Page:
five years are made once a year, coincident with annual benchmark adjustments.
   Beginning with the release of January 2018 preliminary estimates, payroll employment
   data are seasonally adjusted concurrently, using all available estimates including
   those for the current month, to develop sample-based seasonal factors. Concurrent
   sample-based factors are created every month for the current month's preliminary
   estimate as well as the previous month's final estimate in order to incorporate
   real-time estimates. Previously, the sample-based seasonal factors were forecasted
   once annually at the beginning of the year and applied to the sample-based estimates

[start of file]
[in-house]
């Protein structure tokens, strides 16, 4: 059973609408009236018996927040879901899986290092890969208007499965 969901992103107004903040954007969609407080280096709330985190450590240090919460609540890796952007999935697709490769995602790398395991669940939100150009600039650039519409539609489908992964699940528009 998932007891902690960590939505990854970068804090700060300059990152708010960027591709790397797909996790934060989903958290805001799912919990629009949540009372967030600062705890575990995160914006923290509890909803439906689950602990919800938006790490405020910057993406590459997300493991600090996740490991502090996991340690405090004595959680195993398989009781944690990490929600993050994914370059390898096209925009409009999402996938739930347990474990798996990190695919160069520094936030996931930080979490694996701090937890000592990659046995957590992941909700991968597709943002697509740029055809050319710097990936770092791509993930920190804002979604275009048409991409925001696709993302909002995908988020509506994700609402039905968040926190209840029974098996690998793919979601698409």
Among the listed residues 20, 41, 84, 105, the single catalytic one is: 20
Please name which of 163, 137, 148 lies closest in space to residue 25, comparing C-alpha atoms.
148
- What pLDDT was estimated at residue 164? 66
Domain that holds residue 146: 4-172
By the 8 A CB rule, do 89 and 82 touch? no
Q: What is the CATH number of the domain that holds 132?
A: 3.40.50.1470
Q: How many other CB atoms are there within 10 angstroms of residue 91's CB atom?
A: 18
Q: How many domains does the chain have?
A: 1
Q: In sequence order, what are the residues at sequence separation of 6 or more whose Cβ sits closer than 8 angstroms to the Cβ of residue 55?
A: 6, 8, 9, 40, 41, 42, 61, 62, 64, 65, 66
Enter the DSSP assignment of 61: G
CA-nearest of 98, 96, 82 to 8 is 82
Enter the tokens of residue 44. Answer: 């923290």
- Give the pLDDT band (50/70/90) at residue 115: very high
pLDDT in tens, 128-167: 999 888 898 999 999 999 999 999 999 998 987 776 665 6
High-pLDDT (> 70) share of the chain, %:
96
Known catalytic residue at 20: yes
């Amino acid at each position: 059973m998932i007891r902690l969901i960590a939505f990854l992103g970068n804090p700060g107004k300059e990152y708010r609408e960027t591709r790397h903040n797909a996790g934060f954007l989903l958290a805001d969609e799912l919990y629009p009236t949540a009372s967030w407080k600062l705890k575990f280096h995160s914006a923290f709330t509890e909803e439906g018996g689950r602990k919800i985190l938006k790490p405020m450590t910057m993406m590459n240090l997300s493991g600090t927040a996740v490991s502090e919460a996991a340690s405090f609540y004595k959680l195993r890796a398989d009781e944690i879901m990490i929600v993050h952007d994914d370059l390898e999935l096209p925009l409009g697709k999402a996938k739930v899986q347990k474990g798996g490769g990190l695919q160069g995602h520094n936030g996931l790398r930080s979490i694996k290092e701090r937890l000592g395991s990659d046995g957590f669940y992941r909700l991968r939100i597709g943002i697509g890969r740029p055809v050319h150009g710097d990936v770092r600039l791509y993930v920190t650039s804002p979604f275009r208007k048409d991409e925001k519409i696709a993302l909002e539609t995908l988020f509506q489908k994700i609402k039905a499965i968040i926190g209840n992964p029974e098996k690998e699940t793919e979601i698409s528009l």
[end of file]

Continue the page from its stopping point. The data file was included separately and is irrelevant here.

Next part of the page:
for the 12 months of the year. 

   Caution on aggregating state data. State estimation procedures are designed to
   produce accurate data for each individual state. BLS independently develops a
   national employment series; state estimates are not forced to sum to national
   totals. Because each state series is subject to larger sampling and nonsampling
   errors than the national series, summing them cumulates individual state-level 
   errors and can cause significant distortions at an aggregate level. Due to
   these statistical limitations, BLS does not compile a "sum-of-states" employment
   series, and cautions users that such a series is subject to a relatively large
   and volatile error structure.

Reliability of the estimates

   The estimates presented in this release are based on sample surveys, administrative
   data, and modeling and, thus, are subject to sampling and other types of errors.
   Sampling error is a measure of sampling variability--that is, variation that occurs
   by chance because a sample rather than the entire population is surveyed. Survey
   data also are subject to nonsampling errors, such as those which can be introduced